• Reservoir inspections that are done regularly to ensure that the reservoirs are intact and that any points of ingress are repaired.
  • Network operations that have a flushing program that ensures the chlorine residual is above 0.2 mg/L.

If you rely on a consistent water supply for medical reasons, please join our Vulnerable Persons Register so we can work with you in the unlikely event any issues arise.

Water Flushing

Flushing is a process used for cleaning or “scouring” the interior of water distribution mains (pipes) by sending a rapid flow of water through the mains. Distribution mains deliver water to homes, businesses and hydrants in your locality. Most importantly, flushing helps maintain water quality.

Flushing is used to maintain chlorine levels at the right volume for disinfection purposes. Chlorine dosing is a common disinfection practice in water treatment, and it ensures that bacteria are not thriving in the water or pipe network.

Chlorine naturally degrades the longer it is in water, which means that water sitting in pipes for long periods of time or further out from the treatment plant can have concentrations lower than the required levels, creating a potential health risk.

Lines are flushed to keep water moving, drawing fresher chlorinated water through and keeping pipes from stagnating, thus preventing any risks.  If water does become stagnant in pipes, or water quality becomes impacted (by sediment, rust, or other contaminants that can sometimes enter into a water system from broken pipes), it is essential that regular flushing occurs.

What a waste of good clean water!

You have probably seen it many times and thought to yourself, “what a waste of good clean water!” Flushing can be frustrating to residents in places with low water supplies or those who pay high premiums to keep their taps flowing.  While it may seem like a waste of treated water, flushing of water lines is essential to keeping your water safe and maintaining the integrity of a pipe network.  If you see a hydrant running, it isn’t the Water Team just wasting water.  The team is actually working hard to make sure you have safe drinking water.  So, no matter how you feel about it, you shouldn’t attempt to turn off the hydrant at any time as this may cause more issues with the water quality and could affect public health.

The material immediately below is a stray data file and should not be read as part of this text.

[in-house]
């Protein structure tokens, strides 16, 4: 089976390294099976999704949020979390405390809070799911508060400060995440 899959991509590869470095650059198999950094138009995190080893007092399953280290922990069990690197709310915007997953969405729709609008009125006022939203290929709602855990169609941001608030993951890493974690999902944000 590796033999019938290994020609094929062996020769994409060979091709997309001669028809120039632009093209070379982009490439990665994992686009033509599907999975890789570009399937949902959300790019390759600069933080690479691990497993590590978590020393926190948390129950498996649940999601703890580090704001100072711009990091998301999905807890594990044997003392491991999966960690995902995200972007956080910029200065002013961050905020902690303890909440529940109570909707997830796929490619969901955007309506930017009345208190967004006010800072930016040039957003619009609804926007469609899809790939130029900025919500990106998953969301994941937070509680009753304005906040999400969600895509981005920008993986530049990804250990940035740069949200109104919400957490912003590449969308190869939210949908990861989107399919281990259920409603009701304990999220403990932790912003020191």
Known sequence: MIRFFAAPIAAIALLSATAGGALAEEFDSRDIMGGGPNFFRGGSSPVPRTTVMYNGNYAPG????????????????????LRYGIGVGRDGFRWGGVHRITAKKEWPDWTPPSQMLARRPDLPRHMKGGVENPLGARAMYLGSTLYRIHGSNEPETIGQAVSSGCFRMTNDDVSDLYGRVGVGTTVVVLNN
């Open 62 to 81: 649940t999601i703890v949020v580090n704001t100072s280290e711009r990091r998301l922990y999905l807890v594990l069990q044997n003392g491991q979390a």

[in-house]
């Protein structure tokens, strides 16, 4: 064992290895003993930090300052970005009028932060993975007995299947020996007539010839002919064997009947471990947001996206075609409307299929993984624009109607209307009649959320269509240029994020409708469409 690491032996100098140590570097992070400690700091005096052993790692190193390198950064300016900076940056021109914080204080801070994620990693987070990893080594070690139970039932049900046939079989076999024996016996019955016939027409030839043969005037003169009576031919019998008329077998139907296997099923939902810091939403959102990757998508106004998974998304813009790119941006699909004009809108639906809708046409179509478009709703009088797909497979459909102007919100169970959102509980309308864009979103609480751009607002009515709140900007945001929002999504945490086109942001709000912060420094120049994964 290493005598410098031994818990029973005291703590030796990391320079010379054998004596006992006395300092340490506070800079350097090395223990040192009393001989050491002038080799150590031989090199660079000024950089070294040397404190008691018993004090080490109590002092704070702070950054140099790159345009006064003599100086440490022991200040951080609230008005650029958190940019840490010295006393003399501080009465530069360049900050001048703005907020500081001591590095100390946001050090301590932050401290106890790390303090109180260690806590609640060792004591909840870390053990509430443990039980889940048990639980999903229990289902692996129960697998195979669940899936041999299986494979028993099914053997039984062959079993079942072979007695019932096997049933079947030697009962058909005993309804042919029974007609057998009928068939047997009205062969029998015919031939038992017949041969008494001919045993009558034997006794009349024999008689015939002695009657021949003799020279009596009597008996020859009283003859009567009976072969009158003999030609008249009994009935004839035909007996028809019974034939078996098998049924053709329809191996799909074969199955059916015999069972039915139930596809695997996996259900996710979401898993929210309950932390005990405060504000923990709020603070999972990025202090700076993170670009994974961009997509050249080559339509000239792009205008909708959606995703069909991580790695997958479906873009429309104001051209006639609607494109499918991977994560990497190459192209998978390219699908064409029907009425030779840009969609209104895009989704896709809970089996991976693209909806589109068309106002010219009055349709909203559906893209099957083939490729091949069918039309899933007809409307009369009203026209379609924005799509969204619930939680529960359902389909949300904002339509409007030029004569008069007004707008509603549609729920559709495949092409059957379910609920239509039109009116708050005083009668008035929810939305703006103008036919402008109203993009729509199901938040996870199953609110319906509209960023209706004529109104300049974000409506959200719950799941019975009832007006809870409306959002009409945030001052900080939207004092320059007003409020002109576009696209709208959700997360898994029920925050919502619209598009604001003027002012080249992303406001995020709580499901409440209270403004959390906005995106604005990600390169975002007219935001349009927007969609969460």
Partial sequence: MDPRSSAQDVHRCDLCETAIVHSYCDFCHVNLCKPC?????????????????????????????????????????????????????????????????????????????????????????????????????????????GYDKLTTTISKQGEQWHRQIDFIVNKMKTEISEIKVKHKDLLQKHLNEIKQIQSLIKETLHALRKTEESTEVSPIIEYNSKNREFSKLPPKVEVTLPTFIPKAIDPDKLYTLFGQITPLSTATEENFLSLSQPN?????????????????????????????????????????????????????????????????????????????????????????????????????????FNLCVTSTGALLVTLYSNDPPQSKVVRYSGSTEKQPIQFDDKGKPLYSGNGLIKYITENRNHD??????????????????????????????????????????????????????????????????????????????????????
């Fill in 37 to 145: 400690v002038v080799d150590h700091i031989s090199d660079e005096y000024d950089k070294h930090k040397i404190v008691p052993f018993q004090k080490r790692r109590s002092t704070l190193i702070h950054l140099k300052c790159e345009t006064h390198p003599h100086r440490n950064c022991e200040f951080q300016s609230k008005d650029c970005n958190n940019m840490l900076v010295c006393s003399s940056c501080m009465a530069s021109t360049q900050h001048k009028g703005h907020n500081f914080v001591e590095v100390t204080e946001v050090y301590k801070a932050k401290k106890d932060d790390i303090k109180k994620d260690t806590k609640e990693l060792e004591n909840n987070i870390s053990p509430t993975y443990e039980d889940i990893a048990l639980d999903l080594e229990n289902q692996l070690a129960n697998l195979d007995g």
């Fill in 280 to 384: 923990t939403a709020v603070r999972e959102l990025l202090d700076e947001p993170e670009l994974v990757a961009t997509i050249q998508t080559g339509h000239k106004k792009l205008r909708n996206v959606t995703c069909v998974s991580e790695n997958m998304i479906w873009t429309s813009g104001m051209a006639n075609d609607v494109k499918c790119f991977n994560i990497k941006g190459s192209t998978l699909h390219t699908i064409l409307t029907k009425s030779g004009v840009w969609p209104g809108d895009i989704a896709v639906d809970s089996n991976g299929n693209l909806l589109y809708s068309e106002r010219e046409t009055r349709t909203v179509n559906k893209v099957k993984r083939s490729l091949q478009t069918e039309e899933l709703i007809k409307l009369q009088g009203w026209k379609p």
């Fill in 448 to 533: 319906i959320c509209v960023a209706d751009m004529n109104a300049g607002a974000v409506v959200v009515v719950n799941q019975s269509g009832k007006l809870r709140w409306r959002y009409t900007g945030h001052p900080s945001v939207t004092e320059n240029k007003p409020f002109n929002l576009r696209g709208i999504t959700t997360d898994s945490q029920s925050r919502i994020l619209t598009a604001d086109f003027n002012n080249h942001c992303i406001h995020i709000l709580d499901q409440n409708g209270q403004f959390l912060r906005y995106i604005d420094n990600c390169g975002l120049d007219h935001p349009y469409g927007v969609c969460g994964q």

Why not collect the wasted water to be reused elsewhere?

If the water could be kept and reused, it would be.  While it would be an ideal outcome to transport the wasted water to a park or put it to good use elsewhere, it is currently too costly to implement, and diverting the excess is the only viable solution.  In the meantime, there are various initiatives being explored for diverting the flushed water to garden beds in the different locations where flushing occurs.  There are some garden irrigation systems currently operating in Daintree Township to ‘flush’ at set times to draw water through to assist in water quality at the end of water lines.  Other locations are also being reviewed to maximise the use of the flushed water, and where practical, will be rolled out as and when budget is allocated.

What should I do if I see water flushing?

The answer is simple:  Do nothing.  Please do not touch any water infrastructure, even if you think there is a problem, as you may create a bigger problem in doing so.  If you are concerned that there is a major issue, such as a large water main break, please contact staff on 07 4099 9444 to report what you see.

Wet Tropics Report Card

Wet Tropics Waterways was launched in July 2016 with the release of the ‘Pilot Report Card’ in December 2016 which reported on the 2014-15 year.

The purpose of this document is to provide detailed information on the methods used to produce assessments of condition and state for the freshwater, estuarine, inshore marine and offshore marine environments.

Specifically, this document describes the following.

  • The data collection methods
  • The scoring methods
  • The confidence rating method

An overall condition grade was provided for each reporting zone within each environment (basin, estuary, inshore marine and offshore marine).

Read The Latest Report Card Here